The general counsel of LoJack Corp. has beaten a contempt judgment, but he still must kick in additional alimony to his ex-wife for money he made in company stock.

The Appeals Court of Massachusetts found on Aug. 18 that Thomas A. Wooters, executive vice president and top in-house counsel for the anti-auto theft company, ran afoul of a divorce judgment when he failed to pay his ex-wife’s portion of the $1.2 million he earned in 2006.

Wooters, formerly of counsel at Sullivan & Worcester and partner at Peabody & Arnold, had asserted that a chunk of his 2006 earnings came from exercising some of his LoJack stock options, which were not part of the divorce agreement.

The three-judge intermediate appeals panel held, as a matter of first impression, that the money he made from exercising his stock options was part of his “gross annual employment income” for purposes of alimony. At the same time, the appeals court reversed the lower court and found that his failure to pay Janet S. Wooters additional alimony did not amount to “clear and undoubted disobedience of a clear and unequivocal demand” within the divorce agreement.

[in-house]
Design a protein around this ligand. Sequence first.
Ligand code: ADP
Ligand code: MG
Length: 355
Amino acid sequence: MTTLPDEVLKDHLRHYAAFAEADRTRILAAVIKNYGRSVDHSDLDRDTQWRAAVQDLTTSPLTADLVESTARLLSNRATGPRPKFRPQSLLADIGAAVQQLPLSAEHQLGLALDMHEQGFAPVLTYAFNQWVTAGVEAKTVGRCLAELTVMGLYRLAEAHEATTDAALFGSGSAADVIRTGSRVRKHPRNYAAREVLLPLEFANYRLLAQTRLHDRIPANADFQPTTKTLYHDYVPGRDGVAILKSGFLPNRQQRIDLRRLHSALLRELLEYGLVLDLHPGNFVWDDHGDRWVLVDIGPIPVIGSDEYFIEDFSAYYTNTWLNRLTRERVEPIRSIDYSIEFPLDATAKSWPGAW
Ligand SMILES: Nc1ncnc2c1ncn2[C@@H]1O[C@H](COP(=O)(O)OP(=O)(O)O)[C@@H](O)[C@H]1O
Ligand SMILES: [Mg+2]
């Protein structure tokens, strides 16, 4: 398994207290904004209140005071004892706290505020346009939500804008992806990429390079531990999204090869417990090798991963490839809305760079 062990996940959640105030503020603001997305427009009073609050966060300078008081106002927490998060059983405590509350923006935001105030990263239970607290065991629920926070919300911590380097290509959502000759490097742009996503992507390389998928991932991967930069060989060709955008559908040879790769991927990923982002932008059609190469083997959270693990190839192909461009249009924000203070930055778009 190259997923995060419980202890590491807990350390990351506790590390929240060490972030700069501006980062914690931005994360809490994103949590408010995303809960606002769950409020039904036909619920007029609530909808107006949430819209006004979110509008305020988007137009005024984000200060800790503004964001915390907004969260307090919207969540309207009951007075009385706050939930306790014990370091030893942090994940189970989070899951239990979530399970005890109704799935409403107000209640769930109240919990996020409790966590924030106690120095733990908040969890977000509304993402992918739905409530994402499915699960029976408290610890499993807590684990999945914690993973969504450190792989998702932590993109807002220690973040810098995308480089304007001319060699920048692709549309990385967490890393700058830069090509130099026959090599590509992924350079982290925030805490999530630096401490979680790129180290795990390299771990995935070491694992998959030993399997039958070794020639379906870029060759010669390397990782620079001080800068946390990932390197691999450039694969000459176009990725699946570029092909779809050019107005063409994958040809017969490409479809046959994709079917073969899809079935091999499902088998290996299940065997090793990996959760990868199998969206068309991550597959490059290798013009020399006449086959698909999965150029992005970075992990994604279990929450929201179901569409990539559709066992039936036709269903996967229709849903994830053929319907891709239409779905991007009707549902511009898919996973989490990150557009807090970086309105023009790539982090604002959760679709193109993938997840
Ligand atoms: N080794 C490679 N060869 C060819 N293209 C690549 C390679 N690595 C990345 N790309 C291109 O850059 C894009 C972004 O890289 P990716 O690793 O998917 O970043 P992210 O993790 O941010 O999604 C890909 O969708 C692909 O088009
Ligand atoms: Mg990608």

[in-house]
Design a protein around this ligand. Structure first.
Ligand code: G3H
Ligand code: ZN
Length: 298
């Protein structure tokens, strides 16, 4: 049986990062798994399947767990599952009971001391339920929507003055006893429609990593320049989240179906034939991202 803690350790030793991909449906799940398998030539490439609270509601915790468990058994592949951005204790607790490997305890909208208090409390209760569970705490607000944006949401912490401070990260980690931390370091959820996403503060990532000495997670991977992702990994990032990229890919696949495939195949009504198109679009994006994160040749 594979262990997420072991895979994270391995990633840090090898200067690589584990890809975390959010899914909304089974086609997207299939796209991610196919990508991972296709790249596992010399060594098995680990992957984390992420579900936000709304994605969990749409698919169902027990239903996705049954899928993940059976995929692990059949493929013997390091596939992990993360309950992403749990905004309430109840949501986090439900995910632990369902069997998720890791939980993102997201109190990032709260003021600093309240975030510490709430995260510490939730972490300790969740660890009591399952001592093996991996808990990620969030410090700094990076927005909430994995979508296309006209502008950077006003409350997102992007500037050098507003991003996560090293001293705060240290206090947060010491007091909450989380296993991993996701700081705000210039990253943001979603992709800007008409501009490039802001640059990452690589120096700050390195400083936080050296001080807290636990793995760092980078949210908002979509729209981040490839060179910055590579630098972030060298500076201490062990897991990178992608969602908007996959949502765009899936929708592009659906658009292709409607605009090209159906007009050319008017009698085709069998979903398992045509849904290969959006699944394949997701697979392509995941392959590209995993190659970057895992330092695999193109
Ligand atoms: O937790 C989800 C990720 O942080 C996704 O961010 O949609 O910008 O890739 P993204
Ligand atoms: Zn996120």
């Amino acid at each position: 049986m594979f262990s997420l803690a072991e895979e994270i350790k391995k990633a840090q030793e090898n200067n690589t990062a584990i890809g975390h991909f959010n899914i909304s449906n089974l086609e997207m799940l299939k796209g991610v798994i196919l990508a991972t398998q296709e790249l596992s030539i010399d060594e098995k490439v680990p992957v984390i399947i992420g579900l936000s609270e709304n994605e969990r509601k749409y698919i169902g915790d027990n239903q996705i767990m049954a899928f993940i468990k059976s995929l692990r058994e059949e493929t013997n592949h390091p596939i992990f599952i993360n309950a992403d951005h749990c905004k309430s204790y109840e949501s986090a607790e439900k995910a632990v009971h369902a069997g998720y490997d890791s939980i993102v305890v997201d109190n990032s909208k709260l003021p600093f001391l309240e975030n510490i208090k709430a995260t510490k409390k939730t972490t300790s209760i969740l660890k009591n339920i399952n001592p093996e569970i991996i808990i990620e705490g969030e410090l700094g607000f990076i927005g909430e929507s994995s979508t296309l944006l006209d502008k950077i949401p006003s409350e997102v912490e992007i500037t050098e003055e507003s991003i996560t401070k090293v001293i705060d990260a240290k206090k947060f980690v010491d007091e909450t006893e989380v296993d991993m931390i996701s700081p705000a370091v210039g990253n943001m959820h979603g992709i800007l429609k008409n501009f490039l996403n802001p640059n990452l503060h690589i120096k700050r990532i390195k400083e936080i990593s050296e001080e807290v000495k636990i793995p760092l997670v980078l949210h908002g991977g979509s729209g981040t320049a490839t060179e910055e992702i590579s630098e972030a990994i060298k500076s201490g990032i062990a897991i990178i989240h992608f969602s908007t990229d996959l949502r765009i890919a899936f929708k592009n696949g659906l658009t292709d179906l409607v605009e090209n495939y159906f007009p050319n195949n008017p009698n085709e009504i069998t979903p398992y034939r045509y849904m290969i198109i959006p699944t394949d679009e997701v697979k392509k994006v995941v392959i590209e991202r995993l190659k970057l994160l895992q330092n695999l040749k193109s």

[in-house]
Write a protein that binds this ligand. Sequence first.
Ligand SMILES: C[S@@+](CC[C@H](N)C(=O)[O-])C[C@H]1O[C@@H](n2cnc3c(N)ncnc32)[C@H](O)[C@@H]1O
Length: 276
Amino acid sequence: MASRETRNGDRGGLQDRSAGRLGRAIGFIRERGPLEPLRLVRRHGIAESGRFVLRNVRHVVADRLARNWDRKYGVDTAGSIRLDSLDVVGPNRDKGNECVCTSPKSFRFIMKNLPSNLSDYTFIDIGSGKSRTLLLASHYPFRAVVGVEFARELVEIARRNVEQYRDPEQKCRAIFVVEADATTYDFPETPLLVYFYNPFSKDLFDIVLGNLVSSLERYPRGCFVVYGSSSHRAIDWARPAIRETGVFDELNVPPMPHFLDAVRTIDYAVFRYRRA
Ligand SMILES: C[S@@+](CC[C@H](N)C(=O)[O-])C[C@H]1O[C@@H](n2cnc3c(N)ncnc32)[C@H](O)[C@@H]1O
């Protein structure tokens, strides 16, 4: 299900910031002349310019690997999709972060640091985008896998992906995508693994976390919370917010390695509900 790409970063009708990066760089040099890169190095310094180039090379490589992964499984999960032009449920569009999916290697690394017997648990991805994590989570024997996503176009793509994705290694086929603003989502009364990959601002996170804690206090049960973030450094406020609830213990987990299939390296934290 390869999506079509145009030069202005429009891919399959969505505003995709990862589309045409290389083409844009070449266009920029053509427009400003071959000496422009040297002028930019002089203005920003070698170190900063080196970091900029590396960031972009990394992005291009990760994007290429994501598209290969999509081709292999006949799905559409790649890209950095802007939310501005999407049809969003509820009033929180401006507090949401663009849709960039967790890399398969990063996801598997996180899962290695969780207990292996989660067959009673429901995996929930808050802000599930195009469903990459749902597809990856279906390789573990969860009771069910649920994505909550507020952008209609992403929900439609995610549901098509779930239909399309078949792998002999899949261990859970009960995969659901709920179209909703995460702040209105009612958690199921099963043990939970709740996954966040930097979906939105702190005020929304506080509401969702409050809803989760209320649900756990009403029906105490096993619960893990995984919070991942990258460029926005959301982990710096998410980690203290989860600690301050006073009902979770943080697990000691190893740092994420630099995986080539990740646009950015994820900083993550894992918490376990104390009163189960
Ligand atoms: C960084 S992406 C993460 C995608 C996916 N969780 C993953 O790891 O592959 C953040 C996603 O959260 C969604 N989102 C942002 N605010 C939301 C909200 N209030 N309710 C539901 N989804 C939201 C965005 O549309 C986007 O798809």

“To a reasonable person, it may not be readily apparent that stock option proceeds constitute one’s gross annual income, especially if it is not defined as such in the parties’ divorce decree,” wrote Judge Gary S. Katzmann, who authored the court’s opinion in Wooters v. Wooters, No. 08-P-824.

The panel noted that no other published opinion in Massachusetts had addressed whether money received from exercising stock options is part of gross annual income for purposes of alimony.

In reversing the contempt ruling, the panel pointed out that Wooters had made “timely and correct” alimony payments for 15 years.

Wooters, 68, joined LoJack in 2003 from Sullivan & Worcester. His total compensation in 2008 was $430,890, according to Hoover’s Inc. company records. He declined to comment on the decision. Janet Wooters could not be reached for comment.

LoJack, traded on the Nasdaq exchange, manufactures wireless auto tracking devices. The company had $198.7 million